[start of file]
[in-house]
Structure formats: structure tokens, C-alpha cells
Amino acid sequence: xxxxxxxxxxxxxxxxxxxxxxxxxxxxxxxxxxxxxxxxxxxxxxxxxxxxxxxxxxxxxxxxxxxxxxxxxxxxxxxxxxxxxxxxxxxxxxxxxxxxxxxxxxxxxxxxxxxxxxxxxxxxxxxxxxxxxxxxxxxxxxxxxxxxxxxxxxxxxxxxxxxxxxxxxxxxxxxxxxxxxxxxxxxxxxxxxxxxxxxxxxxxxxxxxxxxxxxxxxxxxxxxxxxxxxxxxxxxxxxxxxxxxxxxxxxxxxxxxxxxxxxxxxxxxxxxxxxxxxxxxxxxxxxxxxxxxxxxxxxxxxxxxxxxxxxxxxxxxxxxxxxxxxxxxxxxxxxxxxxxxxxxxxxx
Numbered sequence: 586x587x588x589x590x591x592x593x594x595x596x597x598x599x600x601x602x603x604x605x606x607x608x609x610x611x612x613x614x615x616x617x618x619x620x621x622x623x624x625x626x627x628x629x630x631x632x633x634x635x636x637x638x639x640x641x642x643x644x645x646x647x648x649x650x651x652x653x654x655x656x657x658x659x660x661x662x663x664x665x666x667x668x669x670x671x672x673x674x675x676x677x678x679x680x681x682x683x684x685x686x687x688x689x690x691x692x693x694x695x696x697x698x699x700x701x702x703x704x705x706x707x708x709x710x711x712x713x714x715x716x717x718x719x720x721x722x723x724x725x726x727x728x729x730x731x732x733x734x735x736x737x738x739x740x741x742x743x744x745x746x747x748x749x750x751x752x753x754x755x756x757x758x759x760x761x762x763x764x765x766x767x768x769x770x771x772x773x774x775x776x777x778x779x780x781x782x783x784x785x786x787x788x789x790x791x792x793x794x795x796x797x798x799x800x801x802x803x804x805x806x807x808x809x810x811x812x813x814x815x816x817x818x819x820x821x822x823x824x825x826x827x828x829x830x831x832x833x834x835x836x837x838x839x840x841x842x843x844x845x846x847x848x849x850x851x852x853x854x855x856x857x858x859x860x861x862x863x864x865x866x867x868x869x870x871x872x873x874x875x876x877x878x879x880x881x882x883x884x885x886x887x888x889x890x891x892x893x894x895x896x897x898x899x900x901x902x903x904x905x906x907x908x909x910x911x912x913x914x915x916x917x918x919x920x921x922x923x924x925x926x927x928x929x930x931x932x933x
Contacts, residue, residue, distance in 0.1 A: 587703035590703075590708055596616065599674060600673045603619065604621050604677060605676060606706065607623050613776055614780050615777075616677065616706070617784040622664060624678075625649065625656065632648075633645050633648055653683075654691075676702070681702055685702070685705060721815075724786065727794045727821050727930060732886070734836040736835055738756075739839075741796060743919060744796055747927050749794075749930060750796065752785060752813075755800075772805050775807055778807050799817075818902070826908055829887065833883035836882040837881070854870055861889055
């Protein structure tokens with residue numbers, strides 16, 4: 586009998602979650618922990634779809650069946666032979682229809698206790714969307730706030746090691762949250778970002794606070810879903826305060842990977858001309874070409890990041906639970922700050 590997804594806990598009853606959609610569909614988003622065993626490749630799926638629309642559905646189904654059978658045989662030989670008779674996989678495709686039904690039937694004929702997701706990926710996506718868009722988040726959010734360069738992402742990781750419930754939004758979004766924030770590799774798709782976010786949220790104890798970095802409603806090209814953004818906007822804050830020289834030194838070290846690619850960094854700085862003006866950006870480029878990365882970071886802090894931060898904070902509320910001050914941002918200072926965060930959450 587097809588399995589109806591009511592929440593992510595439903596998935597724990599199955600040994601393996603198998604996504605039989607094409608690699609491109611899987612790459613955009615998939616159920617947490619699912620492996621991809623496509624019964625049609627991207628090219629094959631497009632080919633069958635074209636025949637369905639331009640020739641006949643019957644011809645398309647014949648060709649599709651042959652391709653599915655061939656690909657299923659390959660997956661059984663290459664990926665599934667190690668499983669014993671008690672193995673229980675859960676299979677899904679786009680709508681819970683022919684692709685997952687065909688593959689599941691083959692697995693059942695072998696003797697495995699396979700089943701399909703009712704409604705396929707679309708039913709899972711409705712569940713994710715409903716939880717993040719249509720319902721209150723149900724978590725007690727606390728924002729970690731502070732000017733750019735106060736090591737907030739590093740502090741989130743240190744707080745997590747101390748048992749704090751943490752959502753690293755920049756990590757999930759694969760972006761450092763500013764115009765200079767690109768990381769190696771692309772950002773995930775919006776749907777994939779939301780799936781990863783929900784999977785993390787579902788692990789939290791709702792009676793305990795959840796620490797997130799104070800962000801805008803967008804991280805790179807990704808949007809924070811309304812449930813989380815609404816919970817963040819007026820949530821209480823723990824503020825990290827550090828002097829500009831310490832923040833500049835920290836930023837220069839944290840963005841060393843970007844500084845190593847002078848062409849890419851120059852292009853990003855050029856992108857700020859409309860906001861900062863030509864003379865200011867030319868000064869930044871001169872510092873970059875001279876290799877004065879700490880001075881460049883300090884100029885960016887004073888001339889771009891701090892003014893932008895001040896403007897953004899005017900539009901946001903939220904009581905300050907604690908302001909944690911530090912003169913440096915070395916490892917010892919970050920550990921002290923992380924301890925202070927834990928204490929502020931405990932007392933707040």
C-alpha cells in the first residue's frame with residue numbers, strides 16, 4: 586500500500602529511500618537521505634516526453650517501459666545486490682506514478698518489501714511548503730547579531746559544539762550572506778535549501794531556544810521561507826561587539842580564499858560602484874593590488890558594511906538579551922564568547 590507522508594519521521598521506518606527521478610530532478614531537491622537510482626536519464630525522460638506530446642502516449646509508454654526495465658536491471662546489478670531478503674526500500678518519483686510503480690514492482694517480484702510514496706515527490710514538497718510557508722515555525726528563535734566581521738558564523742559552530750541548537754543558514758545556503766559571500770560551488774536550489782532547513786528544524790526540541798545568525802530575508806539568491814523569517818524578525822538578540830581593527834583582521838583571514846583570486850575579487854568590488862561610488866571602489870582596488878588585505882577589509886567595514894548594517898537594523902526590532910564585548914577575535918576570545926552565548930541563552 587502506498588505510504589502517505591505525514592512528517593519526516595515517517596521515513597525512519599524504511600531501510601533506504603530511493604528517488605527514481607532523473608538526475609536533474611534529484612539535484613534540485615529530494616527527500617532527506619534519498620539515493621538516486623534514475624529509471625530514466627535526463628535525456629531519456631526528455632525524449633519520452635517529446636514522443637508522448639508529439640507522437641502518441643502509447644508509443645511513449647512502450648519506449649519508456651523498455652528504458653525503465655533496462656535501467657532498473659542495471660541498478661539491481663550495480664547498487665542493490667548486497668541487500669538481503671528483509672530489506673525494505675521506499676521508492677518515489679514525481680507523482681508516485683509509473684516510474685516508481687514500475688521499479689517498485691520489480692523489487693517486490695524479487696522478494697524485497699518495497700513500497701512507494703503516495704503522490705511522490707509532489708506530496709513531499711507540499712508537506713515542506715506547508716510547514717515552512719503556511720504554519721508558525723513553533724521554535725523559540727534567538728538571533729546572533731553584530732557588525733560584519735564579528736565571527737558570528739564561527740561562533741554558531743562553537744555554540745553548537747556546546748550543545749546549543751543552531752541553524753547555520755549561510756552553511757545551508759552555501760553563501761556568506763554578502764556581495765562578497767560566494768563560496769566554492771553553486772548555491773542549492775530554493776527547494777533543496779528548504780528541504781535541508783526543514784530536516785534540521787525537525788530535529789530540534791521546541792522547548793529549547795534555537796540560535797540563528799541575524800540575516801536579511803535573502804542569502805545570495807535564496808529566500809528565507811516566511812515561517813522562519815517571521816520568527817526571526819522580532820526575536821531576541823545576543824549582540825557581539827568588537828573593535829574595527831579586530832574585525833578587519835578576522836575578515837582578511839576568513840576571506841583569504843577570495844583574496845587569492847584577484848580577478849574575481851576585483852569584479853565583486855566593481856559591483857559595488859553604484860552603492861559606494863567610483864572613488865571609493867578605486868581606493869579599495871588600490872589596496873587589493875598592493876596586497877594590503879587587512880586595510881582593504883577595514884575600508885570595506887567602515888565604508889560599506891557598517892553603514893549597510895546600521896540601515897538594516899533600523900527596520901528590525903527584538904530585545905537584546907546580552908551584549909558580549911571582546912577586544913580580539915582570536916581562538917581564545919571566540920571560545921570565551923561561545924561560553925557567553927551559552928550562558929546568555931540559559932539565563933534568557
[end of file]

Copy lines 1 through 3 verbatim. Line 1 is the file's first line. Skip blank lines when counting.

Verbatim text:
[in-house]
Structure formats: structure tokens, C-alpha cells
Amino acid sequence: xxxxxxxxxxxxxxxxxxxxxxxxxxxxxxxxxxxxxxxxxxxxxxxxxxxxxxxxxxxxxxxxxxxxxxxxxxxxxxxxxxxxxxxxxxxxxxxxxxxxxxxxxxxxxxxxxxxxxxxxxxxxxxxxxxxxxxxxxxxxxxxxxxxxxxxxxxxxxxxxxxxxxxxxxxxxxxxxxxxxxxxxxxxxxxxxxxxxxxxxxxxxxxxxxxxxxxxxxxxxxxxxxxxxxxxxxxxxxxxxxxxxxxxxxxxxxxxxxxxxxxxxxxxxxxxxxxxxxxxxxxxxxxxxxxxxxxxxxxxxxxxxxxxxxxxxxxxxxxxxxxxxxxxxxxxxxxxxxxxxxxxxxxxx